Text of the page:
The brand Dubai subjected to enormous adverse publicity has fallen off its high profile image, rather rapidly leaving its citizens and admirers at dismay, for Dubai was run more as a professional business unit by its visionary rulers…
The latest mayhem involved the discharging of $59 billion debts by Dubai World triggered by the company’s request to delay the interest payments. Keeping everyone on tenterhooks, big brother Abu Dhabi came to the rescue of Dubai in the last minute albeit to safeguard the image and credibility of the country.
Visiting Dubai recently, I was curious to get the reaction from a cross section of the emirate.
“How do you view the changes that have befallen the emirate in the last few months?” I asked a prominent local businessperson. “Property industry contributes around 25 per cent to the overall economy of the country and prices have crashed by 30-50 per cent due to surplus capacity. With Dubai serving as a benchmark, property prices have crashed in Sharjah and Ajman as well,” he said.
Indeed price of an apartment in Burj Khalifa, Dubai-the tallest building in the world, with excellent amenities such as an Armani Hotel, high-end restaurants and discotheques at Rs 38,000 per sq ft is even lower than for prime areas in Mumbai and New Delhi, with no matching amenities. Prices in the iconic Palm Dubai are also below the equivalent property prices in Mumbai and New Delhi. Property consultants Landmark Advisory anticipate a further fall of 20 per cent in the next 18 months.
My next meeting was with an Indian businessman. He said, “The next six months are crucial for the economy. There is still plenty of business but no one is sure if the payments will come through”. Despite this, he just set up a new business.
Therefore, the credibility of local businesses have hit an all time low, as several businesses have gone bust — leaving suppliers and customers to huge losses. Despite concerns of viability of businesses and job insecurity, expatriates said a different story of improvements in quality of personal life. No more traffic jams in Dubai, with distinctly reduced traffic density.
“What are the reasons?” I asked an expatriate from Syria, who works in Dubai Media City. “With the crash of rentals, many are shifting residences closer to work places in Dubai, thereby reducing traffic congestion. I shifted from Sharjah to the up market Dubai Marina, saving nearly four hours of driving everyday. Secondly, Dubai Metro is a big hit drawing locals, expatriates and tourists”, he explained.
Similar was the experience of another young entrepreneur from India, who also shifted from Sharjah. There are more people planning to move back to Dubai, as rentals have now become very affordable. And, there are others not shifting — preferring to save rental money for a rainy day.
In a fix
Dubai has a thriving expat population, who enjoy the benefits of a tax-free economy and modern lifestyle. Another facet of high-life Dubai is, many residents are in severe debt trap towards car loans, personal loans and housing loans. Being unable to clear the loans, they cannot leave the country. Sadly, several jobless families are living in Dubai, depleting their savings waiting for the closure of this academic year.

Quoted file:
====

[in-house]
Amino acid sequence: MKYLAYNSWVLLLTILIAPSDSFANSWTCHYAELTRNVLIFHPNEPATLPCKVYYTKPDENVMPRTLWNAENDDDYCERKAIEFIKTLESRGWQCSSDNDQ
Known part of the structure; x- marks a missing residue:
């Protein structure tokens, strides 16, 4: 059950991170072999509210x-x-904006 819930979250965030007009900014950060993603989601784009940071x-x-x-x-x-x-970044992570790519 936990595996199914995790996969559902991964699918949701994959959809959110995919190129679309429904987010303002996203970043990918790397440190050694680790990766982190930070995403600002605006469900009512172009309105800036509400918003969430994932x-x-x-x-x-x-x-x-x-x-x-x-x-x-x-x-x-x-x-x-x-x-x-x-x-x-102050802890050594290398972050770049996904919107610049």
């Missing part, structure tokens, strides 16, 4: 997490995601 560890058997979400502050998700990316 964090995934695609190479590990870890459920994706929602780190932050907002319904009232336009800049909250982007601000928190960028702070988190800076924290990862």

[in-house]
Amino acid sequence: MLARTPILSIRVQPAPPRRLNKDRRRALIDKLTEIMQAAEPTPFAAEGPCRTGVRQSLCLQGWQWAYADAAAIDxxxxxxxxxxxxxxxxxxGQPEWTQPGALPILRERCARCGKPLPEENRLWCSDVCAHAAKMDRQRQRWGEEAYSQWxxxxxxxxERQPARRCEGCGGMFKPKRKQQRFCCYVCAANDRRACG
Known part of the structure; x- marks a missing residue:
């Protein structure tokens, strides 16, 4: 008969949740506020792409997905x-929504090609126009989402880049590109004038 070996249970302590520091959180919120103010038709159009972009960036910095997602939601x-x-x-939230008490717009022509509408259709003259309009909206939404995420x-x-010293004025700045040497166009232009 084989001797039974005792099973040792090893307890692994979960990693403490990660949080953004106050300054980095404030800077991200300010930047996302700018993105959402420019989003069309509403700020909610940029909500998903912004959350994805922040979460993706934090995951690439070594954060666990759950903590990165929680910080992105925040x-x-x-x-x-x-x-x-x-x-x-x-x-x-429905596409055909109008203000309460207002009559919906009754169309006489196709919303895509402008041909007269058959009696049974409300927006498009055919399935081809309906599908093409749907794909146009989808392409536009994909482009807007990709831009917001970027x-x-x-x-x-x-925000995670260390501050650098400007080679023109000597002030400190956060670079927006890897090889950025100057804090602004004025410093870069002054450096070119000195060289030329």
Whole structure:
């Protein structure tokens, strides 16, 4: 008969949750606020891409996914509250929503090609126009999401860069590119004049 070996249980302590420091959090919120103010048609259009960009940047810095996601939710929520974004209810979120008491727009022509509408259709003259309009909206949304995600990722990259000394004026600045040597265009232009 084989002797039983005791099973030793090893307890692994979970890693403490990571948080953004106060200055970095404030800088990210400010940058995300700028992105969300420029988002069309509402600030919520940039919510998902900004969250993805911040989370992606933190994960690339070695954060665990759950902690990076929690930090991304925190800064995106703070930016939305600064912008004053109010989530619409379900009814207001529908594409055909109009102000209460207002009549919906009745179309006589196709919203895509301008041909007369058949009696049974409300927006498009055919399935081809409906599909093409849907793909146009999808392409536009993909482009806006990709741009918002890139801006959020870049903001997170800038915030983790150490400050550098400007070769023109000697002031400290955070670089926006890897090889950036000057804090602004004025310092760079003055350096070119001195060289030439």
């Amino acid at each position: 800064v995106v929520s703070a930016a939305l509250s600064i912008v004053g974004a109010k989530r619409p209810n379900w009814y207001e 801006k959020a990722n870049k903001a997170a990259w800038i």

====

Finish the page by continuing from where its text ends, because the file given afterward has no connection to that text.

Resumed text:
Further, exodus of expatriates is likely to countries of origin — including India — and migration to Australia, New Zealand USA and Canada. The improvements in quality of personal life seems more a temporary fringe benefit, which may prove insignificant in the final analysis, if the economy fails to pick up leading to further job losses.
Another sad part of Dubai fiasco is that most of the labour force who built the luxury properties are jobless and have returned to their countries.
However, travelling through the Metro, I discovered that Dubai continues a shopping delight for a tourist. Prices of electronics, appliances and consumer products have come down and it is virtually offers galore. Hotels and airlines have dropped fares to promote Dubai shopping festival. The new airport terminal-3 is an example of extravagance of luxury and comfort.
The bubble of Dubai is not yet burst. As the naming of Burj Khalifa suggested, big brother Abu Dhabi will play a pivotal role in the future of Dubai. The slow and steady business model of Abu Dhabi as compared to the flamboyance of Dubai is already paying rich dividends.
The question still lingers on: What actually went wrong in the business model of Dubai? The future of UAE depends on quickly resurrecting the image of Dubai with concrete actions to instill confidence with new policies to draw investments back.
The ambiguity in laws related to residence visas to property investors have to be cleared. The bankruptcy laws have to be reformed and the stability of the banking sector and public deposits guaranteed along with a tight monetary policy. The huge debt that Dubai carries estimated to be around $100 billion has to be honoured when they become due.
Recently, after decades, Dubai, which has no oil wealth, discovered a new oil field presenting a silver lining in its sordid story. Dubai has visionary rulers and talented professionals to bring back its lost glory, as a shining example of liberal city-state in West Asia. UAE has over 2.5 million Indians and their survival and prosperity is closely interlinked to the country successfully overcoming current obstacles.